THE recently released report from the New South Wales Public Works Committee’s inquiry into the impact of Port of Newcastle sale arrangements on public works expenditure made three recommendations, all suggesting more study is needed.

The committee recommended that the Legislative council “consider establishing an inquiry into the ports transactions”, focused on the container cap contained in the port commitment deeds. This, the committee said should be established after the conclusion of the Federal Court proceedings involving the ACCC and NSW Ports.

Its second recommendation was that the NSW government conduct a detailed investigation of freight-rail options between the three major ports in the state: Newcastle, Botany and Kembla.

And its third and final recommendation was that the state government review New South Wales’ ports policy, including the potential for a container terminal at Newcastle.

The committee also made two findings:

  • “The Port Commitment Deeds including the conditions of sale and the levy were not disclosed to the public or the Parliament.”
  • “That the limitations on Newcastle container port operations following the ports transactions have not significantly impacted expenditure required on transport infrastructure projects in Sydney.”

The report stated that it found that public expenditure on Sydney’s transport project was driven by a number of factors, including the city’s growing population.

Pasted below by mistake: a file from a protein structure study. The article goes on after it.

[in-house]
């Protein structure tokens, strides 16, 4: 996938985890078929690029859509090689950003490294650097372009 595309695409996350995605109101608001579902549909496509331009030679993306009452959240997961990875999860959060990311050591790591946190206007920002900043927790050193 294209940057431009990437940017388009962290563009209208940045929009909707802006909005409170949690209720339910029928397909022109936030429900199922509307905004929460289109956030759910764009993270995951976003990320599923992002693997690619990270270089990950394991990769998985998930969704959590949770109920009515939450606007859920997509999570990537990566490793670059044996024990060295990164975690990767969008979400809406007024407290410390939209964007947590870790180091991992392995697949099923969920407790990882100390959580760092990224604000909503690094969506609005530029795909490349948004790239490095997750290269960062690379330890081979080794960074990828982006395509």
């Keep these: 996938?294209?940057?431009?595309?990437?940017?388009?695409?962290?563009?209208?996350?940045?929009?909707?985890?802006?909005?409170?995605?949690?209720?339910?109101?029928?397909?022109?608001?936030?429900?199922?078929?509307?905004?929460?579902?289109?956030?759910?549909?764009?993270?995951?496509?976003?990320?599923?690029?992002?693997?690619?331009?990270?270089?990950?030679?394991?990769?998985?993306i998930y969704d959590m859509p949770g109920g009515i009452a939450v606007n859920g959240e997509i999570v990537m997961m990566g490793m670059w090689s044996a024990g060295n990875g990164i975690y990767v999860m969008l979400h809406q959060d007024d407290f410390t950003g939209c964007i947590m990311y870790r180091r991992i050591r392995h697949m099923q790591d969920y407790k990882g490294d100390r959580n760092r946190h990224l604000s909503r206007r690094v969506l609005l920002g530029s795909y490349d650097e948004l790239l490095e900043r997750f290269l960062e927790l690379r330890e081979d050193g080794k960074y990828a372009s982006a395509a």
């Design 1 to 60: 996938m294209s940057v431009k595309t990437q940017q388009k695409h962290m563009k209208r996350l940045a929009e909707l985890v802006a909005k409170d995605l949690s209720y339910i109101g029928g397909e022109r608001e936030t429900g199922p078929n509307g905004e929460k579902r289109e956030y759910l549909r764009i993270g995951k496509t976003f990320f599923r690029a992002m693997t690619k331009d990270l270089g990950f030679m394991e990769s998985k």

In the report’s foreword, the committee chair, Robert Brown of the Shooters, Fishers and Farmers party, said the inquiry had highlighted the complexities of the ports transactions, and had underlined the importance of container freight to New South Wales’ economy.

Mr Brown wrote that much of the evidence the inquiry received about the establishment of a container terminal at the Port of Newcastle was contradictory.

“The Port of Newcastle argues that while the proposed development will increase economic development in the area and reduce transport pressures in Sydney, the proposal is currently uneconomic due to provisions contained within the PCDs [port commitment deeds],” he wrote.

“On the other hand, the NSW Government argued that the leasing arrangements are based on long-term ports policy, which supports Port Botany as the state’s primary container port.”The full report can be read on the Parliament of New South Wales website.